Select Committee on Defence Minutes of Evidence

Annex A


  Outlined below are examples of attendance at liaison between the MoD regional organisation and the appropriate civil authorities. Standard military representation at meetings includes representatives from the regional brigades (normally including the Brigade Commander), Naval and RAF regional representatives, communications expertise and representatives from HQ LAND.

Brigade and Activity (b) Non Military Invitees (c)
Attended (d)
1145 (Home Counties) Brigade
JSCG—13 Dec 01 Thames Valley Police
Hampshire Police
Oxfordshire EPO
Hampshire EPO
22 (South East) Brigade
a.Regular liaison at desk level All appropriate organisations
b.Regional study day—25 Oct 00 Police
Fire Brigade
Ambulance Service
Channel Tunnel Security
349 (Eastern) Brigade
Regular and ongoing liaison at all levels including:

a.38 liaison meetings in the last six months with civil authorities

Covering the appropriate civil authorities in the 12 counties contained within the Bde area
b.Six liaison meetings with the Government Offices of the Regions in the Bde area

443 (Wessex) Brigade
a.JSCG—8 Nov 00 Wiltshire Police
Avon and Somerset Police
Devon and Cornwall Police
Dorset Police
Gloucestershire Police
52nd Division (Covering Scotland)
a.JSCG—23 Nov 00 Scottish Executive (EPO)
Grampian Police
Lothian and Borders Police
Strathclyde Police
SPIO Scotland
X (Chief Constable)
b.JSCG Working Group—16 Mar 01 Grampian Police
Scottish Executive
c.JSCG—22 Nov 01 Scottish Executive
Grampian Police
Dumfries and Galloway Police
SPIO Scotland
X (x2)
X (Chief Constable)
X (Chief Constable)
d.JSCG—11 Apr 02 Scottish Executive
Grampian Police
Lothian and Borders Police
Strathclyde Police
615 (North East) Brigade
a.Regional Study Day—20-21 Mar 01 —Regional Director of Government Office Region North East

—Regional Director of Government Office Region Yorkshire and Humberside

—Northumbria Fire Bde

—EPO Northumbria

—EPO Northumbria Ambulance Service

—Emergency Planning Officer BT

—Regional Director MAFF

—EPO Northumbrian Water

—Chief Fire Officer Tyne and Wear

—EPO Tyne and Wear


—Port of Sunderland

—Port of Tyne

—Newcastle Airport

—Cleveland Fire Bde

—EPO Cleveland

—Tees Ambulance

—Durham and Darlington Fire Bde

—NHS Northern Region

—North Yorks Fire Bde

—EPO North Yorks

—EPO York

—Tees, East and N Yorks Ambulance Service

—W Yorks Fire Bde

—W Yorks Fire and Civil Defence Authority

—West Yorks Ambulance Service

—Environment Agency

—Yorkshire Water

—South Yorks Fire Bde

—Humber EPO

—North Humberside Harbourmaster

—Northumbria Police

—Cleveland Police

—Durham Police

—North Yorks Police

—West Yorks Police

—South Yorks Police

—Humberside Police

—Humberside Fire Bde
All represented
742 (North West) Brigade
2 x Assistant Chief Constable
Ops and 6 x Emergency Planning Officers
6 x County Emergency Planning Officers
8143 (West Midlands) Brigade
Regular liaison at desk level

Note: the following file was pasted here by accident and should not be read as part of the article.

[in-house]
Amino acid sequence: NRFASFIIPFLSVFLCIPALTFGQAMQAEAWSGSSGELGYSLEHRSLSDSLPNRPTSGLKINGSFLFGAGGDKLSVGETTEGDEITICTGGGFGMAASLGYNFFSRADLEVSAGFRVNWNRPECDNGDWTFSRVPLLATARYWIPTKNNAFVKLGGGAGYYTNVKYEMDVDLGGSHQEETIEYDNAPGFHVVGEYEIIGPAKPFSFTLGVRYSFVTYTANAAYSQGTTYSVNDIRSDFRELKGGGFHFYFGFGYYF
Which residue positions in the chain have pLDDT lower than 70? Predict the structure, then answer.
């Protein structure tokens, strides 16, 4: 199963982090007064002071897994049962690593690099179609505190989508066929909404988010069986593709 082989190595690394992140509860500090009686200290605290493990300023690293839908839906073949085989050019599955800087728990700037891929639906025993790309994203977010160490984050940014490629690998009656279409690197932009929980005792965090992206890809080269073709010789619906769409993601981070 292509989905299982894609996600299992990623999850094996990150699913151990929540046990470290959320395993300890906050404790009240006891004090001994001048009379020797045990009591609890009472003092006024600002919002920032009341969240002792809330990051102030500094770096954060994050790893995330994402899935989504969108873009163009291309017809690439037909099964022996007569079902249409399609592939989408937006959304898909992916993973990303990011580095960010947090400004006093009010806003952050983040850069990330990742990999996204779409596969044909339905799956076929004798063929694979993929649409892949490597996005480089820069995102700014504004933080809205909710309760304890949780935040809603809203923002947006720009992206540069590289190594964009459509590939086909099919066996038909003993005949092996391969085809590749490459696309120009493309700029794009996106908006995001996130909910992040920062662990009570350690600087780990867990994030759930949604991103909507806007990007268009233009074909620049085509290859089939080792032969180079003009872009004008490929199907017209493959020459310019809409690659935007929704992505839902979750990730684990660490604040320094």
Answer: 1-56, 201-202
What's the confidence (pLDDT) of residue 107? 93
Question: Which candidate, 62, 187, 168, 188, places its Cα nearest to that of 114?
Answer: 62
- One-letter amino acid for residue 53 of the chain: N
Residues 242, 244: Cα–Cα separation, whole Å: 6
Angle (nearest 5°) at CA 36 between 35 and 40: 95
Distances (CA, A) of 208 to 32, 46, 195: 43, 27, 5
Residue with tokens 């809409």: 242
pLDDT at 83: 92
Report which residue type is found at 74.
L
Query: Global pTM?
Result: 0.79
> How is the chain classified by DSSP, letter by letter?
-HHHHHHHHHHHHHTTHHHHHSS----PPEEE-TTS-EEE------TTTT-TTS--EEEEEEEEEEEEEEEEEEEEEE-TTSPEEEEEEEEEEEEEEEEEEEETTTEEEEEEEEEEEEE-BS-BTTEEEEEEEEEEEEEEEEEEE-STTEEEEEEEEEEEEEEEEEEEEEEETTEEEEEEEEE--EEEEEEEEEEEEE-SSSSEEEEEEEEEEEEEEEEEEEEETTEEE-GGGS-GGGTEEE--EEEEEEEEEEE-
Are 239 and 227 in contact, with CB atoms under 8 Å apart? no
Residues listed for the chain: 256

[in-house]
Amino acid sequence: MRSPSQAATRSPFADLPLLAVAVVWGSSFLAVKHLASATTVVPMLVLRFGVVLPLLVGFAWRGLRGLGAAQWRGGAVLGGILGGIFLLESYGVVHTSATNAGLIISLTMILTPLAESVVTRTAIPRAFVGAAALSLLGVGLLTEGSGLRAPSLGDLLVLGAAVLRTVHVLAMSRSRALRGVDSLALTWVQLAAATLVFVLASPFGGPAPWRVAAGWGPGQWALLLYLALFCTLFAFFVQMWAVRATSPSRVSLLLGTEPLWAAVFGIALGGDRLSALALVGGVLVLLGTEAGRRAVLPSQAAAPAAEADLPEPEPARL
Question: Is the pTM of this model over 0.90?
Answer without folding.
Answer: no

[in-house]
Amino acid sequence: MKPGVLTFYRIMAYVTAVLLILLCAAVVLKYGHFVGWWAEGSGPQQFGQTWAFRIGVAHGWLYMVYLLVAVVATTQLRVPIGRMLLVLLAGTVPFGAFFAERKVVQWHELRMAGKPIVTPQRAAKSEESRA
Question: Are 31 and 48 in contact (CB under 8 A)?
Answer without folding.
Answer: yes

9160 (Wales) Brigade
Regular liaison at desk level
10London District
Regular liaison at desk level
11107 (Ulster) Brigade
Comparatively limited activity due to particular circumstances within area and the existence of HQNI

Q529: The committee asked about consideration of methods, other than the use of Tornado aircraft, against the threat from rogue aircraft.

  1.  Clearly, a wide range of responses are necessary to the threat from rogue aircraft, and the impact of any attack. The government is not wholly dependent upon RAF Tornados shooting down a suspect aircraft. Consequently, the MoD retains an open mind, and would not hesitate to take any effective method to destroy a rogue aircraft. But the use of QRA(I) aircraft remains the most effective means of destroying a civil airliner that prove necessary.

  2.  Specific attention has also been paid to the use of RAF and Army Ground Based Air Defence (GBAD). These are ***

  3.  GBAD assets include High Velocity Missiles and the Rapier Surface to Air Missile system. Royal Navy air defence ships carry surface to air missiles (Sea Dart) and many ships are equipped with Sea Wolf point defence missiles and Phalanx close in weapons systems. The latter are designed to defend the vessel itself. They render safe missiles aimed at the vessel, by firing numerous high velocity rounds designed to render the missile ineffective when it hits the vessel.

  4.  Ground and sea based Air Defence systems are, in the main, optimised to provide point defence of high value assets or self-defence of ships. They operate as part of a wider, layered Air Defence system, consisting of a centralised command and control structure fed by ground, air and sea borne early warning sensors and fighter aircraft. GBAD forms the final backstop against air attack. The positioning of the GBAD systems needs to be related to the other airspace control measures in place and the size and nature of the site to be defended against the assessed threat.